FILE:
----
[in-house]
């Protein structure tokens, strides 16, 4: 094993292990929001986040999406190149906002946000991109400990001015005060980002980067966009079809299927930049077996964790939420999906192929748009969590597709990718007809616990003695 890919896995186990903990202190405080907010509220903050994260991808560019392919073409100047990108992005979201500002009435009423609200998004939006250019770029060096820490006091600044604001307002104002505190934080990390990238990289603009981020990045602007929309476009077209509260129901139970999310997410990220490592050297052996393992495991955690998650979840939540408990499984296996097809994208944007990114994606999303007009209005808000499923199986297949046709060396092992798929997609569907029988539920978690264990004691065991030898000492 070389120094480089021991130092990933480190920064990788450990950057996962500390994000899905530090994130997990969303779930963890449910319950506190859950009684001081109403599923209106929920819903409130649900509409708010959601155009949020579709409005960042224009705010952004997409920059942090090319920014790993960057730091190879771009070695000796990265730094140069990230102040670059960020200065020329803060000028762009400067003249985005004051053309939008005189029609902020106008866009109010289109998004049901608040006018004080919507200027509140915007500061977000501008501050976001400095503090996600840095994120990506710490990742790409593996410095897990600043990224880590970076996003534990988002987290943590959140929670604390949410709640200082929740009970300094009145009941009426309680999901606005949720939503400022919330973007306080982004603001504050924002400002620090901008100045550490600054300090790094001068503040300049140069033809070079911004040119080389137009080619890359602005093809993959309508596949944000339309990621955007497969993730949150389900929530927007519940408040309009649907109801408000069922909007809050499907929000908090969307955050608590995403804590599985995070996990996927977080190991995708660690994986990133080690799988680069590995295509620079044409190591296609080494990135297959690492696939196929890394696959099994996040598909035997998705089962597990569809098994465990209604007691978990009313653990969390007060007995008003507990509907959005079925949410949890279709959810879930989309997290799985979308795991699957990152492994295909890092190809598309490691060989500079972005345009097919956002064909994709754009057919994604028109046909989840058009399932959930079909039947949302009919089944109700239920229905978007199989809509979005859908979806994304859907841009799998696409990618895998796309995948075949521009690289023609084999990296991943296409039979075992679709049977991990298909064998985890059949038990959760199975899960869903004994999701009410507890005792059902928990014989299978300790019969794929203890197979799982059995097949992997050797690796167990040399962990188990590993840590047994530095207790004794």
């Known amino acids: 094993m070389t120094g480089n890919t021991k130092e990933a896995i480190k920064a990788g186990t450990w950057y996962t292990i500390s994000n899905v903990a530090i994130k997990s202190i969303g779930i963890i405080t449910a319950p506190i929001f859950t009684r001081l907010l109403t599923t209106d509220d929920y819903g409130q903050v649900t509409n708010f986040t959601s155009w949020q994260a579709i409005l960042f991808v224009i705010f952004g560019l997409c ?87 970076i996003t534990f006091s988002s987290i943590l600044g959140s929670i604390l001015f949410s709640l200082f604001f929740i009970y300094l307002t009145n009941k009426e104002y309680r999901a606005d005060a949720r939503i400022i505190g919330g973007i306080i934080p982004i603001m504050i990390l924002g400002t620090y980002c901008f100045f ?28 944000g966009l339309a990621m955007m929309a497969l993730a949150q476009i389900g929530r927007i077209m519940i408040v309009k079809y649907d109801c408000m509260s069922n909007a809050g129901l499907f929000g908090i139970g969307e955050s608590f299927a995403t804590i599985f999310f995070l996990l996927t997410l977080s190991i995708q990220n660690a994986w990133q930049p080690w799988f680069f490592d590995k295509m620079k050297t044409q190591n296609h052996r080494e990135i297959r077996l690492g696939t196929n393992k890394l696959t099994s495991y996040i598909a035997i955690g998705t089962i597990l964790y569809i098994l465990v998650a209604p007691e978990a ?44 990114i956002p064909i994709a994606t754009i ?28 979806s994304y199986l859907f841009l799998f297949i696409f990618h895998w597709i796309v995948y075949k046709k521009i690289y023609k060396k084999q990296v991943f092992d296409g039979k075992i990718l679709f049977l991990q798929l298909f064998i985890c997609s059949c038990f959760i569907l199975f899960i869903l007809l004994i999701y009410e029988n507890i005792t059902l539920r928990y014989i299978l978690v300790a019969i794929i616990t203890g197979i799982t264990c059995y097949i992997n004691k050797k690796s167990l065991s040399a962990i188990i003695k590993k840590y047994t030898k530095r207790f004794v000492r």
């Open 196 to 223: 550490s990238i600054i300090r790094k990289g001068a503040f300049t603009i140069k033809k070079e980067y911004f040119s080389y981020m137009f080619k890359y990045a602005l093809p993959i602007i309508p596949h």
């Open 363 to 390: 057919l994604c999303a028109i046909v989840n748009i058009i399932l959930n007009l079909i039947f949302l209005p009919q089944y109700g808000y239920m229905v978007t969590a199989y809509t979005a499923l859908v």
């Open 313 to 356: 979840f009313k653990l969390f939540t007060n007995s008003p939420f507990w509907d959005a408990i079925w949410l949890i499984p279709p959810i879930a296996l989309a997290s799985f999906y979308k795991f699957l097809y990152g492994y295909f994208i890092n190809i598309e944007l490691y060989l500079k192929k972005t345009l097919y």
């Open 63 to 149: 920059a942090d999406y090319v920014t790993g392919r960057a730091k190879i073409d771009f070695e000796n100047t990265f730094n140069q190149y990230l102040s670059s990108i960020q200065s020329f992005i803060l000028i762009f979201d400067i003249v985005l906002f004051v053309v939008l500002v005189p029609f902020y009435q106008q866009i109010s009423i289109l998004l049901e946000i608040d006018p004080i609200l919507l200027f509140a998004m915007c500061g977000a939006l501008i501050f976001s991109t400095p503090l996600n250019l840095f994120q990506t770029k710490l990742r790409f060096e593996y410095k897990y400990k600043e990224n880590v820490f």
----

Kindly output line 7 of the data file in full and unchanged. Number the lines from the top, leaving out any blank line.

């Open 63 to 149: 920059a942090d999406y090319v920014t790993g392919r960057a730091k190879i073409d771009f070695e000796n100047t990265f730094n140069q190149y990230l102040s670059s990108i960020q200065s020329f992005i803060l000028i762009f979201d400067i003249v985005l906002f004051v053309v939008l500002v005189p029609f902020y009435q106008q866009i109010s009423i289109l998004l049901e946000i608040d006018p004080i609200l919507l200027f509140a998004m915007c500061g977000a939006l501008i501050f976001s991109t400095p503090l996600n250019l840095f994120q990506t770029k710490l990742r790409f060096e593996y410095k897990y400990k600043e990224n880590v820490f």